Mortgage credit has continued to loosen, especially for first-time buyers, as shown by the upward trend in the NMRI.
Historically low mortgage rates, an improving labor market, and loose credit standards, combined with a 37-month-long seller’s market for existing homes, continue to drive up home prices faster than income.
The most recent figures on the housing market indicate that the season has been one of outsized sales, according to resident fellows Edward Pinto and Stephen Oliner.
The NAR is relying on faulty facts to support faulty conclusions in support of a self-interested policy agenda.
Earlier this week the Fed released the closely-watched quarterly Senior Loan Officer Opinion Survey on Bank Lending Practices (SLOOS). Unfortunately, the information provided by the survey has always been limited at best, and useless at worst.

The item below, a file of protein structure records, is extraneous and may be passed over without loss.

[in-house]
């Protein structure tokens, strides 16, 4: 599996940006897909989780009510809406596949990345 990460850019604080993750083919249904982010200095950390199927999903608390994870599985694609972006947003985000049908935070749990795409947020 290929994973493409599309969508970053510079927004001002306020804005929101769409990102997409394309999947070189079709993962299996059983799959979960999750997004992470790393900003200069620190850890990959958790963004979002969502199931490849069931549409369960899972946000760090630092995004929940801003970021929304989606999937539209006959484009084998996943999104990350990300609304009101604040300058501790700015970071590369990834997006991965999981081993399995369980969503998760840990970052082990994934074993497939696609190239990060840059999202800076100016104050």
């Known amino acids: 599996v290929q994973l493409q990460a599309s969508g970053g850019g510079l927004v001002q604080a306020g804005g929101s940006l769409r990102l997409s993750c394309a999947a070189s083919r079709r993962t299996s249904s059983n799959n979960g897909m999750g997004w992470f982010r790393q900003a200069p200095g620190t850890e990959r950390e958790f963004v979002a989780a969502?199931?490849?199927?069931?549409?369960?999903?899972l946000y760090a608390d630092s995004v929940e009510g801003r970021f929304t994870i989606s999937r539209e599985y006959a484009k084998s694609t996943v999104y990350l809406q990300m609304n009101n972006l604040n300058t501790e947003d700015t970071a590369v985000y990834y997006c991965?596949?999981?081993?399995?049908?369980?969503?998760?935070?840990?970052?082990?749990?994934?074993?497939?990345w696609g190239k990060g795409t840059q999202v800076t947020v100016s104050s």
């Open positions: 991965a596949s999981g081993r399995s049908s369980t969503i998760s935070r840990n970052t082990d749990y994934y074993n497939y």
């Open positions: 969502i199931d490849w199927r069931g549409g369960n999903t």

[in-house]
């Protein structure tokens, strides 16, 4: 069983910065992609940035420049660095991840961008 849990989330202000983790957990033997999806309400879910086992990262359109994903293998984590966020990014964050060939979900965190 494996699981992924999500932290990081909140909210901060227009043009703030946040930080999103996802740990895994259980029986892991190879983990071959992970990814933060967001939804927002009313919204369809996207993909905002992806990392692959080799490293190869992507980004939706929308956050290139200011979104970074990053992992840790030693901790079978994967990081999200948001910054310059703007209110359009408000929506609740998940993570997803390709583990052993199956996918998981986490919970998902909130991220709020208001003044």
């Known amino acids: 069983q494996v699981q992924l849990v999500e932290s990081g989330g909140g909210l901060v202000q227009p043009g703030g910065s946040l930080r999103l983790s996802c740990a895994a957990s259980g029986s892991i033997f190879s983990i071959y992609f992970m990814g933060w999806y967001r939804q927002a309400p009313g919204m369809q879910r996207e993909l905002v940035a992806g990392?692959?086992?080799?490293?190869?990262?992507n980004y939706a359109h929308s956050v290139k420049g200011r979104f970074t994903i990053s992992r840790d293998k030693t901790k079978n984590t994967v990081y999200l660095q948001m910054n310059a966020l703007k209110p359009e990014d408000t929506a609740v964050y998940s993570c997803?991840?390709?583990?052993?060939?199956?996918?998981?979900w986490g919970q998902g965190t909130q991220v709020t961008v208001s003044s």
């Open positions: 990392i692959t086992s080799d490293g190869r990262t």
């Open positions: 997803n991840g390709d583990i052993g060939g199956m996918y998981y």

Free stuff sounds good to many people, and it’s not just Democrats who promise it.
International experts from industry, academia, the financial community, and government share lessons learned from their efforts to objectively measure housing risk.
Primarily due to a reliance on low-down-payment, 30-year mortgages and other highly leveraged lending, our affordable homeownership policies have failed to achieve two primary goals – broadening homeownership and achieving wealth accumulation for low- and middle-income homeowners.
AEI’s Agency First-Time Buyer Mortgage Risk Index (FBMRI) measures the safety of mortgage lending to first-time buyers in the US. The index uses the default experience of loans originated in 2007 as a benchmark to calculate the expected default rate for new mortgage loans if they were hit with a market collapse akin to the 2007-08 financial crisis.
Covering a housing or banking story today? Here’s the latest from the experts on the AEI financial services team.